1. Q. R. Markham
He made a splash with his debut novel, Assassin of Secrets, but it turned out the book was a patchwork of plagiarism, with sentences stolen from multiple other authors.
Seems like it would have been easier to write your own book than to try to cobble dozens of snippets from other people into one coherent whole, but then again, the New Yorker described Markham as an “addict” to plagiarism. Even a blog post he wrote wasn’t entirely original.
2. Kaavya Viswanathan
Half a million dollars for a two-book deal before she had graduated from college. Too bad the first book contained so many passages similar to another author’s work.
The plagiarism, Visvanathan said, was “unintentional and unconscious." Hope she checked her term papers carefully for any other innocent, automatic instances of copying.
3. Janet Dailey
Janet Dailey, who plagiarized Nora Roberts, bounced back from the lawsuit that followed. The two books which she admitted contained stolen material were pulled, but she has dozens more published. She blamed a psychological disorder for her crime.
4. Cassie Edwards
This is the one I think of as “Savage Plagiarism”.
In 2008, Cassie Edwards, author of multiple Native American romances with titles like Savage Joy and Savage Devotion, was found to have plagiarized multiple authors—she was pretty indiscriminate, since she copied fiction, non-fiction and poetry. All in complete innocence, of course.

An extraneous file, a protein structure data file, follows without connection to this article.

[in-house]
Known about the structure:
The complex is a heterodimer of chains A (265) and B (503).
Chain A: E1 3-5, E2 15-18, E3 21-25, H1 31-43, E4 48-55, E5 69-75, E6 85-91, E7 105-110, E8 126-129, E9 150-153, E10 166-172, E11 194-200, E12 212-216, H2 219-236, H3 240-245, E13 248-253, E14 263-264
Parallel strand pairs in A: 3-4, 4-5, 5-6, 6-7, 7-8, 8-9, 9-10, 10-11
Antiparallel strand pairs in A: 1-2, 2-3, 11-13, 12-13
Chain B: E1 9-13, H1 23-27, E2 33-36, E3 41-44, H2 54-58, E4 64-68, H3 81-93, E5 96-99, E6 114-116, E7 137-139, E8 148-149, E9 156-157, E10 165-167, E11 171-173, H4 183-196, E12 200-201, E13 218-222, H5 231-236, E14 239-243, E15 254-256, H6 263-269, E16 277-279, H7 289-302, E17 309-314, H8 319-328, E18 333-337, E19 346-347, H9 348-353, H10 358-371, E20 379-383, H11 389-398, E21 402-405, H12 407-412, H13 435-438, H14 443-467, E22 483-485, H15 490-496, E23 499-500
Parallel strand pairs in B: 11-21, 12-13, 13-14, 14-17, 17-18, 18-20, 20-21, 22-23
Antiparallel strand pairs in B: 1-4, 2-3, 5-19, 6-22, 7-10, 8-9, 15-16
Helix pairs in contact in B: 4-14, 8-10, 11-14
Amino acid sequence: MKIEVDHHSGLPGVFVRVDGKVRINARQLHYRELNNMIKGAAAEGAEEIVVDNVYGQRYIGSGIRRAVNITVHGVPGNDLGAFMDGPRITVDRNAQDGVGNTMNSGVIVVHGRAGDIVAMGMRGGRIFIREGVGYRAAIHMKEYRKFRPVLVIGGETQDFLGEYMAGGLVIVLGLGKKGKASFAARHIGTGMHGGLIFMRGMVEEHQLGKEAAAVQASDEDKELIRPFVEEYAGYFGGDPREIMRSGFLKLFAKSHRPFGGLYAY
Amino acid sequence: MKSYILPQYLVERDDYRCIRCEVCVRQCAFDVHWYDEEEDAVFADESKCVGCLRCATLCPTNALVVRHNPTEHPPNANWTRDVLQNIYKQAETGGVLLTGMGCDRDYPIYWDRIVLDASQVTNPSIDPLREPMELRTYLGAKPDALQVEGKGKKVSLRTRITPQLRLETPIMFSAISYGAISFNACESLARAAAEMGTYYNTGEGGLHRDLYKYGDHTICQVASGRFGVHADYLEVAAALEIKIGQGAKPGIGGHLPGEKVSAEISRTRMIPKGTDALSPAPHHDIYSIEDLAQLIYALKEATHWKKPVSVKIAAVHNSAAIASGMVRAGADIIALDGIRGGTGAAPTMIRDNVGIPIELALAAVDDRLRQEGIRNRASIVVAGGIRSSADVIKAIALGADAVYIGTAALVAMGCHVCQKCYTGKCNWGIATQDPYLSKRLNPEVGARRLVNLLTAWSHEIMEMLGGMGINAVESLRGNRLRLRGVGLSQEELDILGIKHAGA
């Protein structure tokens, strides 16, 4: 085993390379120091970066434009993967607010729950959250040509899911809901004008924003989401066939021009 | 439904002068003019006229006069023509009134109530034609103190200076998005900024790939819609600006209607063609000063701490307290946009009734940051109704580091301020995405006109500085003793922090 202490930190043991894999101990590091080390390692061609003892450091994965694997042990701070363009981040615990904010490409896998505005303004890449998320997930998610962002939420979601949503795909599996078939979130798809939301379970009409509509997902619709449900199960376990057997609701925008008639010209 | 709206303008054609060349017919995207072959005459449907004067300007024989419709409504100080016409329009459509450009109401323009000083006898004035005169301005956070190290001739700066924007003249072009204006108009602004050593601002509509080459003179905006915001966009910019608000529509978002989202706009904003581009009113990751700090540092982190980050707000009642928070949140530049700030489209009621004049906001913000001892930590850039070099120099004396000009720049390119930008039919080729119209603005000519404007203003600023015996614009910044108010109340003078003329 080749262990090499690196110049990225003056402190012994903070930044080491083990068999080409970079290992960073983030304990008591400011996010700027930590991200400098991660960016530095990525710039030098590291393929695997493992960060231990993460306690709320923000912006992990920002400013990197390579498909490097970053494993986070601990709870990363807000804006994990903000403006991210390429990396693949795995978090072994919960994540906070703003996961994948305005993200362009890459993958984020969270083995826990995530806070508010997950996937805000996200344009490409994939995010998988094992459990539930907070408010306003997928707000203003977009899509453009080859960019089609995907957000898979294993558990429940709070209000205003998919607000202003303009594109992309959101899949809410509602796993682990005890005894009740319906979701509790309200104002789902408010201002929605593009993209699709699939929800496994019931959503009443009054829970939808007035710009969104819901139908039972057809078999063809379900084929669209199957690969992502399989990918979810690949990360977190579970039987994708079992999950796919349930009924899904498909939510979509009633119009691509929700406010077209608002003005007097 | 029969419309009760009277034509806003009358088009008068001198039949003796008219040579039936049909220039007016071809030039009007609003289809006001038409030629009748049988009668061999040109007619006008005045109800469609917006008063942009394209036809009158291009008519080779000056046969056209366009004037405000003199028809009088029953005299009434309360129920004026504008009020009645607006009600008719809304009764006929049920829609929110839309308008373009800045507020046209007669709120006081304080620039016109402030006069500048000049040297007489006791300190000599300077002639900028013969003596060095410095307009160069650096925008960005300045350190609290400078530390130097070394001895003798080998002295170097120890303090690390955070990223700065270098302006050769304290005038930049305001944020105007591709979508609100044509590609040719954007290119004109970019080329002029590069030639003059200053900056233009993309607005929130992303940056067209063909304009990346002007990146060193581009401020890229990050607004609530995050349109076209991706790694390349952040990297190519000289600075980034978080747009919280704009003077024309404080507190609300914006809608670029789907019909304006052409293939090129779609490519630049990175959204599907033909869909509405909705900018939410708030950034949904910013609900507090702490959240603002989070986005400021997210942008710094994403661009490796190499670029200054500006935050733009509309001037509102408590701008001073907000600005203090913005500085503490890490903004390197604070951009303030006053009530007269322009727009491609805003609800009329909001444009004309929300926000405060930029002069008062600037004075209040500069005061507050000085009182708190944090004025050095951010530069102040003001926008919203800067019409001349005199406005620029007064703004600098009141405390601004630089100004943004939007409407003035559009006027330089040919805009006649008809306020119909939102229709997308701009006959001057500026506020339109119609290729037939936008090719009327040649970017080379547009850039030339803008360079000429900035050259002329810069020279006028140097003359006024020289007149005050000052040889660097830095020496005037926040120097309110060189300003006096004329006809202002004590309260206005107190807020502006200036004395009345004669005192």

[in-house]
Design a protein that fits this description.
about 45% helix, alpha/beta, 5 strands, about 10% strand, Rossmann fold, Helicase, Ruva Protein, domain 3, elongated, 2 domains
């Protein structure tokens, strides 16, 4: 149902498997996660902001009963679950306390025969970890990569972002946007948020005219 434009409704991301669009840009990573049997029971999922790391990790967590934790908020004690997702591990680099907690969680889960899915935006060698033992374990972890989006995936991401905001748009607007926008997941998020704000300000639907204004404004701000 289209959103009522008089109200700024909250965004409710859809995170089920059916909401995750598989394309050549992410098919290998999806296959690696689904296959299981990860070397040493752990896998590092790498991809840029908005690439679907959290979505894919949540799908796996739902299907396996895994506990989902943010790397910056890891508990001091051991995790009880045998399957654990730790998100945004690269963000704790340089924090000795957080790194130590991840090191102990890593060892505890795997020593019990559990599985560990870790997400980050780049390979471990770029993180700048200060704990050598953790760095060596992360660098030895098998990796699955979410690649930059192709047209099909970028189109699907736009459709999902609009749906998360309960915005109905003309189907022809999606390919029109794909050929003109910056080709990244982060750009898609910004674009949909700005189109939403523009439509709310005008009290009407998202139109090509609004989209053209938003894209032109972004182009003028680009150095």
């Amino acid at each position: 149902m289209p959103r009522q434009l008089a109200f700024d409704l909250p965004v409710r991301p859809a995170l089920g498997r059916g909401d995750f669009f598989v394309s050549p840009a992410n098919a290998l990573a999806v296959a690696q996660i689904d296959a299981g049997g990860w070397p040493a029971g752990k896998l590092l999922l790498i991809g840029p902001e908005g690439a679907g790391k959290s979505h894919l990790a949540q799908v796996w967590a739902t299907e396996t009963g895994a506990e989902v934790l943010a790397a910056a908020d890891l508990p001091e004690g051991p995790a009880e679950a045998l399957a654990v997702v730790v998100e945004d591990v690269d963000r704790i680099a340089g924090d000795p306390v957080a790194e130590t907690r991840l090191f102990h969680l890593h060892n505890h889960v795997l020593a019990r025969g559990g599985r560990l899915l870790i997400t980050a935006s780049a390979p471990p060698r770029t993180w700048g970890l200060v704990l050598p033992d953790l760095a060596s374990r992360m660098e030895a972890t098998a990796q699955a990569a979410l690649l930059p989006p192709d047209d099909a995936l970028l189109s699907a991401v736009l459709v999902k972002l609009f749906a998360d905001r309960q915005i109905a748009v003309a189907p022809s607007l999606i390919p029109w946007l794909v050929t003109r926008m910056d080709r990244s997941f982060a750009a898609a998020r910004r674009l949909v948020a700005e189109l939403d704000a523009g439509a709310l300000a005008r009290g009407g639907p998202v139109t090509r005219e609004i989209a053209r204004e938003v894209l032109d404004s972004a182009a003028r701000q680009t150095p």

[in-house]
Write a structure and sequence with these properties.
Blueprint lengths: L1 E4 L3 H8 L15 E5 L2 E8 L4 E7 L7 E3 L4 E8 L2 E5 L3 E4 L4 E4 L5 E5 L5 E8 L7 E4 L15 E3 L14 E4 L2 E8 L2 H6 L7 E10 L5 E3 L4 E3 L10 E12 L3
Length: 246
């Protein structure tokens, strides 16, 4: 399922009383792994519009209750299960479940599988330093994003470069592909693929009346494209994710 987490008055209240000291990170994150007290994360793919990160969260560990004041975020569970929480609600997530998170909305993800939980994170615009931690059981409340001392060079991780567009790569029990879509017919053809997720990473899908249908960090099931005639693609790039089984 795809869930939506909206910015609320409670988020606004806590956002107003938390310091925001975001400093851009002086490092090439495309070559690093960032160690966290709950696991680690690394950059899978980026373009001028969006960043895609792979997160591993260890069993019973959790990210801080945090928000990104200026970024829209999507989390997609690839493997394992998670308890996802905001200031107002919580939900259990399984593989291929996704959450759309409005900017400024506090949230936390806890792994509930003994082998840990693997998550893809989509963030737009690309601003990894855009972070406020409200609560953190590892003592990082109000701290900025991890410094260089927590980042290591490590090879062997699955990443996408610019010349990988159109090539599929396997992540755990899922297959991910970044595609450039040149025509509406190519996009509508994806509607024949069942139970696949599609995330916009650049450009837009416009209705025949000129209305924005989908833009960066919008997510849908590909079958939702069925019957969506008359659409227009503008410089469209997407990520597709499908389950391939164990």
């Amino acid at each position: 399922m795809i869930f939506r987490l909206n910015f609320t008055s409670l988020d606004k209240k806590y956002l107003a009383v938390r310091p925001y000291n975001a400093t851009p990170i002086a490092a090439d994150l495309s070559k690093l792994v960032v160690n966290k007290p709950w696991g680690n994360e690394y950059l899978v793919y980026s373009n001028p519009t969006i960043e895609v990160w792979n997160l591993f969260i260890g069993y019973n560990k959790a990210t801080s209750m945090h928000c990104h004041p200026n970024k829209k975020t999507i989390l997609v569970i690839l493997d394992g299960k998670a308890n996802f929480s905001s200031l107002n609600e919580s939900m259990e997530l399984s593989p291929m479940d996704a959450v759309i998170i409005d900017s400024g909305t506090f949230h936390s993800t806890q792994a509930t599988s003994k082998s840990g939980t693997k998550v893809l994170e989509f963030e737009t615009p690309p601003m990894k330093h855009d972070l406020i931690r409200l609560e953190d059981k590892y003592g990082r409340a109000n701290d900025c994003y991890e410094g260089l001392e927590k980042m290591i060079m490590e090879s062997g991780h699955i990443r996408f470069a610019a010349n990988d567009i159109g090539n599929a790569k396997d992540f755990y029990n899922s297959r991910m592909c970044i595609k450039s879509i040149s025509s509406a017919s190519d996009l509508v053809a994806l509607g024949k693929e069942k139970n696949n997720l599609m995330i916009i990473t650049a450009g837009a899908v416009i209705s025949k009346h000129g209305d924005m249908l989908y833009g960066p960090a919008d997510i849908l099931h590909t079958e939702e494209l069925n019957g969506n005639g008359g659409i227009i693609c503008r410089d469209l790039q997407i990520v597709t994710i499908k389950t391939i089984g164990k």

In a January interview, Edwards admitted that she "takes" material from other works, but said she didn't know she was supposed to credit her sources.
Signet severed its relationship with her and if she's had any other novels published after that year, it hasn't been under her name.
5. Shey Stahl
Plagiarising a Twilight fanfic may not land you in legal trouble, because fanfic authors doesn’t hold any copyrights on their work, but it can still make your name mud. As of today, Shey Stahl’s books are unavailable on Amazon. I checked one to be on the safe side, and a one-star review claimed that book had copied the reviewer’s fanfic, a different one than the Twilight fic (then again, most plagiarizers don’t limit themselves to just the one
I’m sure she can and will try again under a pseudonym, but again it makes me wonder why anyone would go through all this. Especially when they’re reaching an audience of millions who read widely and who can use software to check words in seconds.
Oh, plagiarizers can get away with it for a little while. All these authors did. But the house of cards inevitably comes down in the end—and the longer they’ve done it and the more successful they are by then, the harder they’re going to fall.